1993. August 9

Grand Rapids Press, August 9, 1993

Baseball history lives in 1800-style games
Kent Base Ball Club wins pair of exhibition games

Bill Cunningham of Grand Rapids is a child of the ’60s, with the century in question.

Cunningham, 46, grew up on a farm in Minnesota, and once his chores were done, he would head to the meadow with his friends carrying his father’s old baseball glove. There were no coaches, dugouts or groomed basepaths, just cow manure and apple trees to avoid. But the kids had a blast anyway.

Sunday’s second annual Grand Rapids’ Field of Dreams: A Midsummer Day’s Celebration brought back memories for Cunningham. The game was played in 1867-style uniforms and rules were also taken from the year, including no gloves and underhanded pitches.

Cunningham is an outfielder on the Kent Base Ball Club, which won both games Sunday. Cunningham has discovered that baseball in the 1860s isn’t too much different from the games he played as a child. The rules were simple, players used little equipment and games could last all afternoon and no one would complain.

The games were played on the South Grounds of John Ball Park Sunday in the grass, without a pitchers’ mound or batters’ box. But once again, Cunningham had a blast anyway.

“There was no such thing as a nice flat field when I played as a kid, and there were no fancy helmets and equipment,” Cunningham said. “We all had our fathers’ gloves from the 1940s. But I think the game was more natural when I was a kid, and the 1860s too. It had no danger. It was just for the fun of it.”

Gordon Olson, a city historian and the manager of the Kent Base Ball Club, estimated that 750 spectators attended Sunday’s games. He said the event likely raised up to $1,500, and all proceeds will be donated to the Ryerson Library Foundation.

Olson said curiosity and a sunny day brought the crowd out Sunday. Fans were interested to learn how the country’s national pastime was played when players didn’t even wear gloves.

“Someone once said that to understand the history of our country, you should learn baseball,” Olson said. “Abraham Lincoln was playing baseball when he was first told that he was elected President in 1860.”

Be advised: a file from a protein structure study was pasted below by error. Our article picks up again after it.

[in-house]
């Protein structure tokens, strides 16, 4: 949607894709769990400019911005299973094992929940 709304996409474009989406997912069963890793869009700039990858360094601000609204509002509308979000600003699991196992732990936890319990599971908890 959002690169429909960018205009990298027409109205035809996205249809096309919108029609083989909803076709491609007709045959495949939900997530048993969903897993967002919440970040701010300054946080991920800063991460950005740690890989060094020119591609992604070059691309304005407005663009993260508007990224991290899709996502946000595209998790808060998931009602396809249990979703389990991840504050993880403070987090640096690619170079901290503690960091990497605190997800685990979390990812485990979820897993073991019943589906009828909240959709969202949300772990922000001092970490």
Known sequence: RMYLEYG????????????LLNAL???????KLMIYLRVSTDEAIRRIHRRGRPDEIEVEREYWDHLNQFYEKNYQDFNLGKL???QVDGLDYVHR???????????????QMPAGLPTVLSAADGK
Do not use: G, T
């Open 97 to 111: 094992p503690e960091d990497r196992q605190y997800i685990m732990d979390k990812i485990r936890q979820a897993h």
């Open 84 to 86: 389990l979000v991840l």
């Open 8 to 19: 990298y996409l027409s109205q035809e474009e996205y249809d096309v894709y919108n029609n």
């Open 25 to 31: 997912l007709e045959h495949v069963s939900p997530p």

Lincoln likely wasn’t fortunate enough to be playing against an opponent like the Valley City All-Stars. The Kent Base Ball Club rocked Valley City 16-3 in the main event after beating the Manistee Salt City Base Ball Team 7-3 in the opener.

Valley City consisted of local media celebrities, including Grand Rapids Press sports writer Howie Beardsley. Beardsley dropped a lazy fly ball in right field in the second inning that would earn a double thumbs down in any century. Kent scored seven times in the second after a six-run first inning.

Manistee is also an organized club like Kent, and it resulted in a more competitive game. The two teams play up to 10 games a summer. This was Kent’s only West Michigan appearance of the summer.

The idea to create a Grand Rapids area team first came to Olson after he watched Ohio clubs play. He then rounded up co-workers and members on his city league softball team to join him.

Kent plays the game as close to 1867 rules as possible. A cloth covered ball is used, and an out is recorded if a ball is caught on the first bounce. Batters must stand with the bat on their shoulders.

Mike Hoffman, a Kent “hurler,” was reminded of a rule when he slid into second base and was called out against Valley City. Sliding was prohibited in 1867.

The Kent Base Ball Club was formed on April 1, 1867, and it played its first game later in the month in the area now known as Kent Country Club. Olson revised the club three years ago.

Reproduced courtesy The Grand Rapids Press. Further reproduction or distribution is prohibited without permission.

Kent Base Ball Club, Grand Rapids, Michigan, USA